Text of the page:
'Truck' is the most common name applied to larger commercial vehicles in The US and Australia. A goods carrying vehicle in the UK is more likely to be called a 'lorry', or a 'heavy goods vehicle', or HGV. Lighter types of commercial vehicles are known by a variety of names that differ from place to place. For instance, a light commercial vehicle that may have a front cab configuration similar in size to a family sedan or an SUV but with an open top cargo area at the rear is known in the US as a 'pick-up', but in Australia and New Zealand it is called a 'ute' or utility vehicle.
Most heavier trucks share a common construction: they comprise a chassis with a cab; axles, suspension and wheels; and an engine and a drivetrain. The body or coachwork is usually customized for the particular goods that it will carry – for instance, sealed tanks for liquids such as fuels; open trays for bulky general goods such as timber; or enclosed and refrigerated containers for perishable goods such as meat.
A truck chassis usually consists of parallel steel beams held together with cross members. This forms the framework to which all the other components are attached.
The cab is the enclosed space where the driver sits. In larger long-haul vehicles, this will be a comfortable air-conditioned space that can even contain a sleeping compartment. A conventional truck cab is behind the engine which sits under a front hood or bonnet, as it would be in a passenger vehicle. In Europe, where truck lengths are more strictly regulated, it is much more common for the driver to sit on top of the engine and front axle in a cab which tilts forward to allow access to technicians. Light trucks such as pickup trucks can have a unibody cab like a passenger vehicle, attached to a half-chassis behind.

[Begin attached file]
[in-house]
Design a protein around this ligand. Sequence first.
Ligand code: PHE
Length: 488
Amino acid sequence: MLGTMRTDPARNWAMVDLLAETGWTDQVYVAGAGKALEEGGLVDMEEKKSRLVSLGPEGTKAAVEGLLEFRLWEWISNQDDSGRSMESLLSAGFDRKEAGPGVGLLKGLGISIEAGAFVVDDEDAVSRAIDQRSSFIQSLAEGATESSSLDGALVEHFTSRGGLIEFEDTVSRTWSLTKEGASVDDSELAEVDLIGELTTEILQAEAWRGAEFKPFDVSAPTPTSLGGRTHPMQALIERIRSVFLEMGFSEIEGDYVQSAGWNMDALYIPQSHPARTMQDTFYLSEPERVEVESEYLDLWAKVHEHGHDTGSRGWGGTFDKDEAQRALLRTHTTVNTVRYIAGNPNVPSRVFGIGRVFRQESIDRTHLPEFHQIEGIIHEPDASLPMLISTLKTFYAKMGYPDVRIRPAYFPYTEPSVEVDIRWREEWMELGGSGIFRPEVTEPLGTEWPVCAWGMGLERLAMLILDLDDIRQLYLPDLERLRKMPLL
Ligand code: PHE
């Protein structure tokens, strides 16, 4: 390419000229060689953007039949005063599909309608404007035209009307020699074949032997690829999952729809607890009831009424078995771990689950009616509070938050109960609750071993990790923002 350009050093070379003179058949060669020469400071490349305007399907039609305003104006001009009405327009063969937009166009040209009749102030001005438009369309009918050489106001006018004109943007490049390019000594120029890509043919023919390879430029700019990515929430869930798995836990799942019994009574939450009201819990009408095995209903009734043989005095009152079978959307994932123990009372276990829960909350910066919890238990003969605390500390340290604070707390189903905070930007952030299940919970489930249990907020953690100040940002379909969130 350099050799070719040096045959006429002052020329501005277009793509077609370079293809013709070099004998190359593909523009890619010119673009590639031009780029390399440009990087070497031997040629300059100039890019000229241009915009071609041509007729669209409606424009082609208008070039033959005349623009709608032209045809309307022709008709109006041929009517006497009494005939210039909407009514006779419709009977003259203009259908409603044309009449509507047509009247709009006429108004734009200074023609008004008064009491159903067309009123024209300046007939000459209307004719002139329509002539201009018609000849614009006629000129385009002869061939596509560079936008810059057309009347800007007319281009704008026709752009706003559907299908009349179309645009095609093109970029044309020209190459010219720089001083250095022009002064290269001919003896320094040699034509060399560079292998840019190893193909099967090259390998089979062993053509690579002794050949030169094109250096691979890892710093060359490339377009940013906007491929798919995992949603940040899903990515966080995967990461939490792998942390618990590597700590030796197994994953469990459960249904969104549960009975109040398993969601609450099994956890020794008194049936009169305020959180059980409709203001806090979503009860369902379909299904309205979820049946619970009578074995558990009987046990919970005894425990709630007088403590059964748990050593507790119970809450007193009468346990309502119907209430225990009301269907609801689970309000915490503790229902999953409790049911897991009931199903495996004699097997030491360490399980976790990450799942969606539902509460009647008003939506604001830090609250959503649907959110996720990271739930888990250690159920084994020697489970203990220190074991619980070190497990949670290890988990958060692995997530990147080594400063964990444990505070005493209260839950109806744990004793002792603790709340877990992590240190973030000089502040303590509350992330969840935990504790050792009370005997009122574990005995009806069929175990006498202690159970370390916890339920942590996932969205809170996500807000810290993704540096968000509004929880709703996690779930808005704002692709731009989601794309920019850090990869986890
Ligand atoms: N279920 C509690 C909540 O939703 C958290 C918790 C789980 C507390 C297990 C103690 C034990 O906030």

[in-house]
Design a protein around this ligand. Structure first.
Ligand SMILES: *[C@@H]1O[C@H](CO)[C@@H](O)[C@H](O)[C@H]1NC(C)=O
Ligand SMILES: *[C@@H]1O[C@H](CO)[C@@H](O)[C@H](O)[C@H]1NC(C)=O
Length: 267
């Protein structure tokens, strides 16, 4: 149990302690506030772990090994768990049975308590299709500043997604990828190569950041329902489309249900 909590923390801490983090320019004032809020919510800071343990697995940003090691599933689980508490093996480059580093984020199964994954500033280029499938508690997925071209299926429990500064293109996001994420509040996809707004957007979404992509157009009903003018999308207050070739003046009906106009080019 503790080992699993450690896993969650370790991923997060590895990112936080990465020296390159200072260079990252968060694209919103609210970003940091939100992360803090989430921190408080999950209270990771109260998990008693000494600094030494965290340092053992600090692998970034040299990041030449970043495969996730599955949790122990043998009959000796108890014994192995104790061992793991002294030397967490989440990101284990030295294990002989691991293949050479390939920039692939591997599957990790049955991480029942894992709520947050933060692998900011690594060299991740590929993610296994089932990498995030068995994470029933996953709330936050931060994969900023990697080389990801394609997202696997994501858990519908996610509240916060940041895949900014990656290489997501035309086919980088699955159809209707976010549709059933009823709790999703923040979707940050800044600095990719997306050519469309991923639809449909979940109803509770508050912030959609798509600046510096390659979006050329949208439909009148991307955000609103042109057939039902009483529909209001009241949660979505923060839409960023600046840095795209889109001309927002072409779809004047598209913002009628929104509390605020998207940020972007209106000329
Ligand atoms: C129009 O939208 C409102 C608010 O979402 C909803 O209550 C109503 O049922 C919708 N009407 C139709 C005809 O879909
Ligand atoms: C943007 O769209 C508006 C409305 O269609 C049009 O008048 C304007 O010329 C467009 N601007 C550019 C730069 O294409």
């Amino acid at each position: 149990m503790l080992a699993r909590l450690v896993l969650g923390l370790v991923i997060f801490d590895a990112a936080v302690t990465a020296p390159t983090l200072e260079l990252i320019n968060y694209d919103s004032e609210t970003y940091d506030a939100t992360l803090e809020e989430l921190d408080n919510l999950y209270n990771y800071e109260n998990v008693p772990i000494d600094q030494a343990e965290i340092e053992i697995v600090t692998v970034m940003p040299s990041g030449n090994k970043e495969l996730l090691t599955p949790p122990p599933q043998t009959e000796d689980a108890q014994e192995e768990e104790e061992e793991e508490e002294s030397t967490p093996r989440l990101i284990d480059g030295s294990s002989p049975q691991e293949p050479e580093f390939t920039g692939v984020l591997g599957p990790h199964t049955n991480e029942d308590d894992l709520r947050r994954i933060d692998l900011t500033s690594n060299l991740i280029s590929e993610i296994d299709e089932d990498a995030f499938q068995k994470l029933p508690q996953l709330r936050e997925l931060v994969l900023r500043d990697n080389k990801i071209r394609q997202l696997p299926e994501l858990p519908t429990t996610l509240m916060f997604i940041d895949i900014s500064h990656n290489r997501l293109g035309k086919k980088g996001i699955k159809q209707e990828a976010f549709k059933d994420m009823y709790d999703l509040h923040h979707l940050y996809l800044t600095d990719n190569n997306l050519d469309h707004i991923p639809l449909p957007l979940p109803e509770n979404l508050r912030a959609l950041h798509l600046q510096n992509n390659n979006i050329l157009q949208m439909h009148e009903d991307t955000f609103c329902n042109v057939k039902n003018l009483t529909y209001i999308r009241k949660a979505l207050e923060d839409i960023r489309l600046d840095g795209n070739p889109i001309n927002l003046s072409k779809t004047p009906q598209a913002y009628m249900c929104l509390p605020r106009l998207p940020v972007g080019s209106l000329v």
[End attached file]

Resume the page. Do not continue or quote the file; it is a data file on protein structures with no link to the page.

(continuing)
There are fewer truck engine manufacturers than there are for passenger vehicles, and many trucks in the US and Australia are built using engines from a third party manufacturer such as Cummins, Navistar, or Caterpillar. Fully integrated trucks from a manufacturers such as Scania, MAN, Mercedes, or Volvo, are more common in Europe.
Light trucks can use gasoline/petrol engines, but heavier trucks are mostly powered by four-stroke diesel engines with turbochargers and intercoolers, although there are alternatives such as the V12 diesel two-stroke engine from Detroit Diesel.
Larger trucks usually have manual transmissions with several ranges and many more gears than passenger vehicles. To cope with the torque forces required to start heavy loads moving, truck transmissions are more strongly built than passenger vehicle transmissions. Automatic transmissions are becoming more common in all types of trucks.
Truck types and examples
Light trucks – pickups, minivans
Medium trucks – delivery vehicles, motor homes
Heavy trucks – concrete mixers, gasoline/petrol tankers, garbage trucks
Articulated trucks, or semi-trailers – car transporters, containers
Doubles and 'Road Trains' – trucks with multiple trailers for carrying livestock, grain, ore